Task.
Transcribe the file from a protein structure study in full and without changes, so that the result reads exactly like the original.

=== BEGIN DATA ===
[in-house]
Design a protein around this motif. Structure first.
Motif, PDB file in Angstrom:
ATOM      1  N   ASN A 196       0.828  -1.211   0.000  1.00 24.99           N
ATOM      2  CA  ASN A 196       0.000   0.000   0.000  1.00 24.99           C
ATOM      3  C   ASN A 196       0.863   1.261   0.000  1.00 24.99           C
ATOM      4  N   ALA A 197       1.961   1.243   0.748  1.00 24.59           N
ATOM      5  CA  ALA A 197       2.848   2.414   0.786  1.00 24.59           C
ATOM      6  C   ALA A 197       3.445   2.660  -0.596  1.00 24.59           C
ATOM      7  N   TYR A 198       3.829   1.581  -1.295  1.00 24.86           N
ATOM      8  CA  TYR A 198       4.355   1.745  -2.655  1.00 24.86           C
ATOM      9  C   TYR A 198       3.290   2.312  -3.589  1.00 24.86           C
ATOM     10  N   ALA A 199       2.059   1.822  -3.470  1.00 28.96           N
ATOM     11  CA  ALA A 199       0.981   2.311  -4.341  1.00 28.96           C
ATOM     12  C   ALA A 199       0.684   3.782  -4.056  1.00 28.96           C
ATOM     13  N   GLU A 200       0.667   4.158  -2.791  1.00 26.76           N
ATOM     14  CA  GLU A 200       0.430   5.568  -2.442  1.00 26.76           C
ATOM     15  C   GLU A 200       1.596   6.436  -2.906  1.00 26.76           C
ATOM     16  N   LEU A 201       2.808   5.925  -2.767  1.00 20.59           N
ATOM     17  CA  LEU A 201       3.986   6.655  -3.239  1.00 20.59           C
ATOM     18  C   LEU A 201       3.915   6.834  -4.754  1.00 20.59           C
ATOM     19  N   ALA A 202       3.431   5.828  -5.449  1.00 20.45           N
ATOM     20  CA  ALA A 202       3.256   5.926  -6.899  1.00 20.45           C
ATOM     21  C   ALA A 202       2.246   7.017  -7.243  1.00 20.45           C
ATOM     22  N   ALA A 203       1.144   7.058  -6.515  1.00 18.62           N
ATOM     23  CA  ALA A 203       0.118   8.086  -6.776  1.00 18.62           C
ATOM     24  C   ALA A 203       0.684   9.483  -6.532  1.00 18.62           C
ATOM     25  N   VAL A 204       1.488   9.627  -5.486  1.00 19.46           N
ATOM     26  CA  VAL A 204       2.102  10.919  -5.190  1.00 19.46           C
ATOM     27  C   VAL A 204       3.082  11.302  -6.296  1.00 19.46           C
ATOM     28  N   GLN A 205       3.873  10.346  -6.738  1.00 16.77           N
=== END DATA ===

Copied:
[in-house]
Design a protein around this motif. Structure first.
Motif, PDB file in Angstrom:
ATOM      1  N   ASN A 196       0.828  -1.211   0.000  1.00 24.99           N
ATOM      2  CA  ASN A 196       0.000   0.000   0.000  1.00 24.99           C
ATOM      3  C   ASN A 196       0.863   1.261   0.000  1.00 24.99           C
ATOM      4  N   ALA A 197       1.961   1.243   0.748  1.00 24.59           N
ATOM      5  CA  ALA A 197       2.848   2.414   0.786  1.00 24.59           C
ATOM      6  C   ALA A 197       3.445   2.660  -0.596  1.00 24.59           C
ATOM      7  N   TYR A 198       3.829   1.581  -1.295  1.00 24.86           N
ATOM      8  CA  TYR A 198       4.355   1.745  -2.655  1.00 24.86           C
ATOM      9  C   TYR A 198       3.290   2.312  -3.589  1.00 24.86           C
ATOM     10  N   ALA A 199       2.059   1.822  -3.470  1.00 28.96           N
ATOM     11  CA  ALA A 199       0.981   2.311  -4.341  1.00 28.96           C
ATOM     12  C   ALA A 199       0.684   3.782  -4.056  1.00 28.96           C
ATOM     13  N   GLU A 200       0.667   4.158  -2.791  1.00 26.76           N
ATOM     14  CA  GLU A 200       0.430   5.568  -2.442  1.00 26.76           C
ATOM     15  C   GLU A 200       1.596   6.436  -2.906  1.00 26.76           C
ATOM     16  N   LEU A 201       2.808   5.925  -2.767  1.00 20.59           N
ATOM     17  CA  LEU A 201       3.986   6.655  -3.239  1.00 20.59           C
ATOM     18  C   LEU A 201       3.915   6.834  -4.754  1.00 20.59           C
ATOM     19  N   ALA A 202       3.431   5.828  -5.449  1.00 20.45           N
ATOM     20  CA  ALA A 202       3.256   5.926  -6.899  1.00 20.45           C
ATOM     21  C   ALA A 202       2.246   7.017  -7.243  1.00 20.45           C
ATOM     22  N   ALA A 203       1.144   7.058  -6.515  1.00 18.62           N
ATOM     23  CA  ALA A 203       0.118   8.086  -6.776  1.00 18.62           C
ATOM     24  C   ALA A 203       0.684   9.483  -6.532  1.00 18.62           C
ATOM     25  N   VAL A 204       1.488   9.627  -5.486  1.00 19.46           N
ATOM     26  CA  VAL A 204       2.102  10.919  -5.190  1.00 19.46           C
ATOM     27  C   VAL A 204       3.082  11.302  -6.296  1.00 19.46           C
ATOM     28  N   GLN A 205       3.873  10.346  -6.738  1.00 16.77           N